In addition to the newspapers, Cox used his building for his printing business. Both enterprises were part of his company, Edward E. Cox Printer, Incorporated. The modern printing equipment enabled Cox to print color labels and wrappers made of glassine and cellophane. Printing products were shipped all over the United States.[2][3]

Franklin Street dock side of Hartford City's Cox Building

The Cox building still stands today (2009) – over 100 years after its construction. The building is part of Hartford City's Courthouse Square Historic District. The photo herein displays the Cox Building from the Franklin Street dock side. The front (Jefferson Street) entrance is to the left in the photo. Hartford City's two buildings that are part of the National Register of Historic Places are located close by. The back of the First Presbyterian Church is visible on the right side of the photo to the right of the alley, and the Blackford County Courthouse steeple can be seen at the top of the photo to the left of the Cox Building's smokestack.

Although the Hartford City News-Times moved out of the Cox Building in the 1960s, the building has been used by other businesses. A large portion of the building was used in the 1970s by a company partly owned by one of Cox's grandsons. The company was called Phylpat, Incorporated.[35] Instead of printing on paper as Cox had, Phylpat (eventually renamed Cutting Inc.) was involved in cutting paper to make small rolls of adding machine paper. The paper cutting and winding operations were contained within the building, and there was room for inventories of raw materials and finished product. The process used to cut and roll (or wind) paper was patented by Phylpat and one of its engineers in 1976.[36] In more recent years, the building has been used by a small furniture manufacturing company, and one of the offices has been used by an attorney.[37][38]

Politics and community[edit]

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Like his father and grandfather, Edward Cox was a strong supporter of the Democratic Party. His views were typically expressed via editorials in his newspapers, and some editorials were reprinted by other publications. He was Blackford County's Democratic County Chairman in 1902.[2] In July, 1914, under the administration of President Woodrow Wilson, Cox was appointed postmaster of Hartford City, and he was reappointed in 1919. (Edward's grandfather, Aaron Cox, had also been a postmaster.) For eight years, Cox was the representative of the Eleventh Congressional District on the Indiana Democratic state committee. He was also president of the Indiana Democratic Editorial Association in 1927.[3][39]

Mr. Cox always participated in community affairs and was a member of numerous local organizations. He was one of the organizers of the local Kiwanis Club, and served as its first president. He was a Free Mason, a member of the Mystic Shrine, and a member of the Knights of Pythias. He was also a Past Exalted Ruler of the Elks' lodge.

In addition to civic organizations, Cox was a member of the local Chamber of Commerce and one of its founders. He was a director of the Citizens State Bank of Hartford City, and served three terms on the local school board. During World War I, he was involved with patriotic activities such as the Thrift Savings Stamp campaign and the sale of government war bonds.[40] Mr. Cox was a strong follower of local sports teams, and attended almost every home game of the local high school basketball team. He was president of the Hartford City Gymnasium Holding Company that raised funds to build a new gym for the school. He was also one of the organizers and founders of the Blackford Golf Club.[3][18][39]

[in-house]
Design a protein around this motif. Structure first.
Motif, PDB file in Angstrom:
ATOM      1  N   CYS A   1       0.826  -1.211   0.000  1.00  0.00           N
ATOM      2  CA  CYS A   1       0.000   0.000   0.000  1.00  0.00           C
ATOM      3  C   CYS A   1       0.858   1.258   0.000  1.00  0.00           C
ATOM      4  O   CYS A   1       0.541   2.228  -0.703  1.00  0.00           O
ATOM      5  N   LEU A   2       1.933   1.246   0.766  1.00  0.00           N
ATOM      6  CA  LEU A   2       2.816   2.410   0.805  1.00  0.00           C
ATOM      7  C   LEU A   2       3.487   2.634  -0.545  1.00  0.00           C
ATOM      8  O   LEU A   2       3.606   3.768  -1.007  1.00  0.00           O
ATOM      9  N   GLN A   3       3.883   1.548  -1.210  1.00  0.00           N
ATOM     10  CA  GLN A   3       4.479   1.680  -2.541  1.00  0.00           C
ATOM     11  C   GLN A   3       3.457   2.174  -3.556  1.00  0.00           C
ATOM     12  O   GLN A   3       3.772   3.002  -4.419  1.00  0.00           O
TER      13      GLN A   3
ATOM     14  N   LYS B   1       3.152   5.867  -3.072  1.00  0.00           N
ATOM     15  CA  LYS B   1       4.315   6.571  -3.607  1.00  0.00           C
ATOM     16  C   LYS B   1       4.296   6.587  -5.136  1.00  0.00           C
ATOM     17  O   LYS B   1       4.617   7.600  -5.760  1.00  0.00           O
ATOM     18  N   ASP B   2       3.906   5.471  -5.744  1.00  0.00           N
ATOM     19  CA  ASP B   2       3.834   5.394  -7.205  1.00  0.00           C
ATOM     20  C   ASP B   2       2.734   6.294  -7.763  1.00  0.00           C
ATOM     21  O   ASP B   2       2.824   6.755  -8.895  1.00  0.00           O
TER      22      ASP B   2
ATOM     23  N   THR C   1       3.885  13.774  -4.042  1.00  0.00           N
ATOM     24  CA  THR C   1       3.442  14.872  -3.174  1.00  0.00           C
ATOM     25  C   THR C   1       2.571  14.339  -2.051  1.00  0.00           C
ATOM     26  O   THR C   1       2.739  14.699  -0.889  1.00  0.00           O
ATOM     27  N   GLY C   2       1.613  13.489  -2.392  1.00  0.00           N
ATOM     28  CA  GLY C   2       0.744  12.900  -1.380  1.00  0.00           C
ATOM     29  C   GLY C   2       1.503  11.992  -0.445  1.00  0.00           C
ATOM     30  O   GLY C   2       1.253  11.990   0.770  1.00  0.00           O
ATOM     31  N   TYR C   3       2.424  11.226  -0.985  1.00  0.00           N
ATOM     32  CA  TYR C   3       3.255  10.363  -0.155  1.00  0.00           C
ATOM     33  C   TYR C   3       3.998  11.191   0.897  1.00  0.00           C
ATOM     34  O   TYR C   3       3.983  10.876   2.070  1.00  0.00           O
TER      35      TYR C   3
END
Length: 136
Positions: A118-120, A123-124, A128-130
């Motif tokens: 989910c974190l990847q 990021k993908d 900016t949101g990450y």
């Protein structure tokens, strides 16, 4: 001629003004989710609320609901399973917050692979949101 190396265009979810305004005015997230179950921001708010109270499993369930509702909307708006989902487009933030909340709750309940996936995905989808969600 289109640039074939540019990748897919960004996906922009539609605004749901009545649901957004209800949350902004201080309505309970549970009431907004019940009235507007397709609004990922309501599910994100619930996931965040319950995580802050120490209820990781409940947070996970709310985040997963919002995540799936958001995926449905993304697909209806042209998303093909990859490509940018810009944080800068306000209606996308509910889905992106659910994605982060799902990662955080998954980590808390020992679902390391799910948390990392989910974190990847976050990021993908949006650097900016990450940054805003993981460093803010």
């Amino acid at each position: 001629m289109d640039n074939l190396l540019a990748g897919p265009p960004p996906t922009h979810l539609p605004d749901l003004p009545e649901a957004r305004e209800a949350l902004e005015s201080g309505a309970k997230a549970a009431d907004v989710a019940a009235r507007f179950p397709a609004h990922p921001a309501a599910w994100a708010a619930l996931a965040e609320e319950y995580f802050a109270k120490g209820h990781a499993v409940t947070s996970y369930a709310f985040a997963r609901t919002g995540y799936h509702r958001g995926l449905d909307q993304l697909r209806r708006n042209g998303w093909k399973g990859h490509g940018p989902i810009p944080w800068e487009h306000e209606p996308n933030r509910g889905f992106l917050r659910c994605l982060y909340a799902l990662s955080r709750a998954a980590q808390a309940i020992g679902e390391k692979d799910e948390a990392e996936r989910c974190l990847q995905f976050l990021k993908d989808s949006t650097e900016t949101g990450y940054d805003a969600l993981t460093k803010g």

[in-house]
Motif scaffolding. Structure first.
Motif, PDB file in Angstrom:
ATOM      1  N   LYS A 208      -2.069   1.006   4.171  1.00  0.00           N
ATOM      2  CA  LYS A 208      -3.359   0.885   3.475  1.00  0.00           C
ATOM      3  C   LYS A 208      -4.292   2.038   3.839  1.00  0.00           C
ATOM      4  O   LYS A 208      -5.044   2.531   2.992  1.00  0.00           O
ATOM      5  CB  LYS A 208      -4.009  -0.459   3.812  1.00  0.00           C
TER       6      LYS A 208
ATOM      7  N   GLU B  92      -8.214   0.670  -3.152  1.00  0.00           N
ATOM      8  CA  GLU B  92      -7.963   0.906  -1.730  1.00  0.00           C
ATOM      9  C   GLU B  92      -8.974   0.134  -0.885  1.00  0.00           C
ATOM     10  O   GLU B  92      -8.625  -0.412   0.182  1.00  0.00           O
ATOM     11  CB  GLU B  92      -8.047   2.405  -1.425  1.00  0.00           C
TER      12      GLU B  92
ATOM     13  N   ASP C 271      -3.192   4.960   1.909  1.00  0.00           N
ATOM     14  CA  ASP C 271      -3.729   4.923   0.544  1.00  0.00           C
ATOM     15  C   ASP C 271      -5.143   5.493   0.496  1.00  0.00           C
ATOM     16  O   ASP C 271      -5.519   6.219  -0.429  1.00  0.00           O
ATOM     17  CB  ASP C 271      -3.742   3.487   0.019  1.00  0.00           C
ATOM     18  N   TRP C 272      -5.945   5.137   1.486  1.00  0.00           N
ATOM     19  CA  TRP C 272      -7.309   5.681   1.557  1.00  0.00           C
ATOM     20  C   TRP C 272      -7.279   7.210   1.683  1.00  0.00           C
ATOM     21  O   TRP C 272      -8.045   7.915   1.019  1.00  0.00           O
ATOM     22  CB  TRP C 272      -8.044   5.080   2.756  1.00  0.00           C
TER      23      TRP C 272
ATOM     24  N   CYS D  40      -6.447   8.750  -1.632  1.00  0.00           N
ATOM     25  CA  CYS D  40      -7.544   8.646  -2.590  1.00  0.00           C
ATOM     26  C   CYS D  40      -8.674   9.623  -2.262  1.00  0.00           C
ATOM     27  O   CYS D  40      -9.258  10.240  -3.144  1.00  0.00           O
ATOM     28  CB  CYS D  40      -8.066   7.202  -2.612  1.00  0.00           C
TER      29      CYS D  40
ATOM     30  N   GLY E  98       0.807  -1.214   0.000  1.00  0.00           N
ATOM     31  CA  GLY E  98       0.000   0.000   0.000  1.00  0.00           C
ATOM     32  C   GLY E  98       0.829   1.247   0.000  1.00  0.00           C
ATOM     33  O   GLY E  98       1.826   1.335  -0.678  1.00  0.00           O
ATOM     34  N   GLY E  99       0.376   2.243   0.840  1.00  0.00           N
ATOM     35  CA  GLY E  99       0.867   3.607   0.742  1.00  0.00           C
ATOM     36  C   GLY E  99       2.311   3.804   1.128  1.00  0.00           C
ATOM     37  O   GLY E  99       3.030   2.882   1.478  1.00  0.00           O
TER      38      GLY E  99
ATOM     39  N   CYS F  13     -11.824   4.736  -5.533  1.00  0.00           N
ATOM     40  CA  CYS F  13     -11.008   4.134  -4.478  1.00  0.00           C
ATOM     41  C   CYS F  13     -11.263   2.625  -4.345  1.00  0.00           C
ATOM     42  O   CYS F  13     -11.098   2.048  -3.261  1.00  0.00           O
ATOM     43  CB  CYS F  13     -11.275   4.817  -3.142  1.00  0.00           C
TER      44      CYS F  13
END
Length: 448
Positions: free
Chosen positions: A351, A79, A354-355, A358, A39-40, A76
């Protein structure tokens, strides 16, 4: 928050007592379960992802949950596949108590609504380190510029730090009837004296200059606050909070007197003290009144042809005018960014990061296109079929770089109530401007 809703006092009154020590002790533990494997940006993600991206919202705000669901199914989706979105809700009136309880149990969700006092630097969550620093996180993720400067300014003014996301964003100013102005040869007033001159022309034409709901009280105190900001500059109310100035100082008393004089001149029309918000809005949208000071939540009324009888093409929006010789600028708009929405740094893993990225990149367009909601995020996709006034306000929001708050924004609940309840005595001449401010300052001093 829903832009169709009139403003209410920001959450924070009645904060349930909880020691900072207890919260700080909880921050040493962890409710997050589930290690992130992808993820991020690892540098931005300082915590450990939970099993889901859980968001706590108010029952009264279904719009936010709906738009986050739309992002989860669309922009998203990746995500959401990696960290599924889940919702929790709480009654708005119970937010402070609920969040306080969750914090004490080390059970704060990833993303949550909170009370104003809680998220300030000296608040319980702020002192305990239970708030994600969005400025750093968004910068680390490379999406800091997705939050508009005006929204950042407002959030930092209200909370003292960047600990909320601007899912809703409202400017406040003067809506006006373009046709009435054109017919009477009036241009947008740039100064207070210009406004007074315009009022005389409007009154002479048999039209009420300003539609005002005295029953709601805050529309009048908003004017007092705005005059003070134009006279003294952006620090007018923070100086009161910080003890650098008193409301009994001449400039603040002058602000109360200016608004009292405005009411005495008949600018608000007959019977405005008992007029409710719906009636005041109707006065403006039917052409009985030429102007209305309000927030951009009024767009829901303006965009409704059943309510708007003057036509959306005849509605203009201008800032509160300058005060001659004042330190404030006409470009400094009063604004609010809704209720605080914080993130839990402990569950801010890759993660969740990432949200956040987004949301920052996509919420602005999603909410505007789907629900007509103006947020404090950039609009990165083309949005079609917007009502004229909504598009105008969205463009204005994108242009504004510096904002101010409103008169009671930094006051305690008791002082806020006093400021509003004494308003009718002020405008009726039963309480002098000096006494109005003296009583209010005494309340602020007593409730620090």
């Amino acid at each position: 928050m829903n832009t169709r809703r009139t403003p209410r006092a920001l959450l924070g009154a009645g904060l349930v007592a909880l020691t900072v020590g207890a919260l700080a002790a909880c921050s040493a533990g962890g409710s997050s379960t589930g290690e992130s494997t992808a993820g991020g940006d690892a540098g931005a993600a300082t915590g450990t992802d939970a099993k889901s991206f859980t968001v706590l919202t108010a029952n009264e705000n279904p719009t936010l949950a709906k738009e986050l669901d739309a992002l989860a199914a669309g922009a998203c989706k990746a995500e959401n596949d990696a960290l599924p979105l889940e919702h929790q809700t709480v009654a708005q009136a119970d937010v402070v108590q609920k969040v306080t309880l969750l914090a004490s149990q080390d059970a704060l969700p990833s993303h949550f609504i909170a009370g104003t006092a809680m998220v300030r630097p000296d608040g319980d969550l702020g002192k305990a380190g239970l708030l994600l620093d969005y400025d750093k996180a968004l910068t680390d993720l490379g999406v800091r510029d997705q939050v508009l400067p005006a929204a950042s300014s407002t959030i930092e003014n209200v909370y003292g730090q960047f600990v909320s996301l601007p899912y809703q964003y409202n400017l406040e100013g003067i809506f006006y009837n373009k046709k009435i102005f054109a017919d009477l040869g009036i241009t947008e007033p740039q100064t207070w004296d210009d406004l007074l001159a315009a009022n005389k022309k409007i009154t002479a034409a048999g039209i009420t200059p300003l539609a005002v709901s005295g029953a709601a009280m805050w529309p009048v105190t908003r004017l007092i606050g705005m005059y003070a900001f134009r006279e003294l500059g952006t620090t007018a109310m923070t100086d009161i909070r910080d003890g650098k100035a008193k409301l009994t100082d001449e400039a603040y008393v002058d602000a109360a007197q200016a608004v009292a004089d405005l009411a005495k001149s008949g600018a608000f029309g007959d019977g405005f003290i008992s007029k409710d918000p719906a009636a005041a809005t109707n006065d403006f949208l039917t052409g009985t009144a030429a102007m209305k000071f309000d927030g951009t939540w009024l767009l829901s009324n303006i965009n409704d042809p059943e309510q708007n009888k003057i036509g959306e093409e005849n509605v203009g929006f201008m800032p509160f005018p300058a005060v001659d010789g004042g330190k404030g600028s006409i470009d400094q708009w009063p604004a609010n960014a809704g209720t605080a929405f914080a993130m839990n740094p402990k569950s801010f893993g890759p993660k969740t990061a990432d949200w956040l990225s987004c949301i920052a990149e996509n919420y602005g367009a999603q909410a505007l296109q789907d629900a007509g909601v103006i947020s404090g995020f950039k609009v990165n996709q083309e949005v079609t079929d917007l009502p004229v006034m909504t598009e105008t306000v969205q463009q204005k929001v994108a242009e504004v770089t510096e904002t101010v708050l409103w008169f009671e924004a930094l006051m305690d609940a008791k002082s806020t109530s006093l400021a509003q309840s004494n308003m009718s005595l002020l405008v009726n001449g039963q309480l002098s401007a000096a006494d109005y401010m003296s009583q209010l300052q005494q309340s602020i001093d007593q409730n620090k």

The other Cox[edit]

Those familiar with James M. Cox (born in 1870), founder of Cox Enterprises, governor of Ohio, and Presidential candidate, may note some similarities with Edward Everett Cox (born in 1867). Both started as schoolteachers and became involved with newspapers. Both were strong Democrats. Both had family connections with Ohio and were Episcopalians named Cox – suggesting they were related. However, the two men do not appear to have a common American ancestor, as there are numerous branches of the Cox family that came to America.[41] James Cox had an early-American ancestor that lived in New Jersey, while Edward Cox's family at the time of the American Revolutionary War lived in North Carolina.[42] If the two men are related, the common ancestor lived more than 400 years ago, a distant connection at best. It is probable that they were merely two unrelated men who lived the American Dream and took similar career paths. One achieved on a much smaller scale than the other, but both met success.

Death[edit]

E.E. Cox's grave in Hartford City's IOOF cemetery

On the morning of April 1, 1931, Edward Everett Cox died from a severe heart attack suffered the night before. He had been ill for almost a week, but his illness had been kept quiet because it was thought he would recover. The town was surprised by a front page obituary in the Hartford City News that covered most of the page.[39] Cox was considered one of the community's most well-known citizens, and had yet to reach retirement age at the time of his death. He was renowned not only within the community, but also state-wide in politics. An obituary printed in nearby Kokomo, Indiana, described him as "prominent in Democratic state politics".[43] In addition to his numerous accomplishments, his Hartford City obituary also described the man. It said, "Mr. Cox was a man of energy and a tireless worker. Success crowned nearly each adventure, whether from a business or political angle and he was held in the highest regard and esteem by all who knew him. To his newspaper and his printing business, he devoted much of his time and was beloved and admired by each and everyone of his employees. There were few who were not aided by his hand and direction, and each in turn sought to give to him the best that was available."[39]

Notes[edit]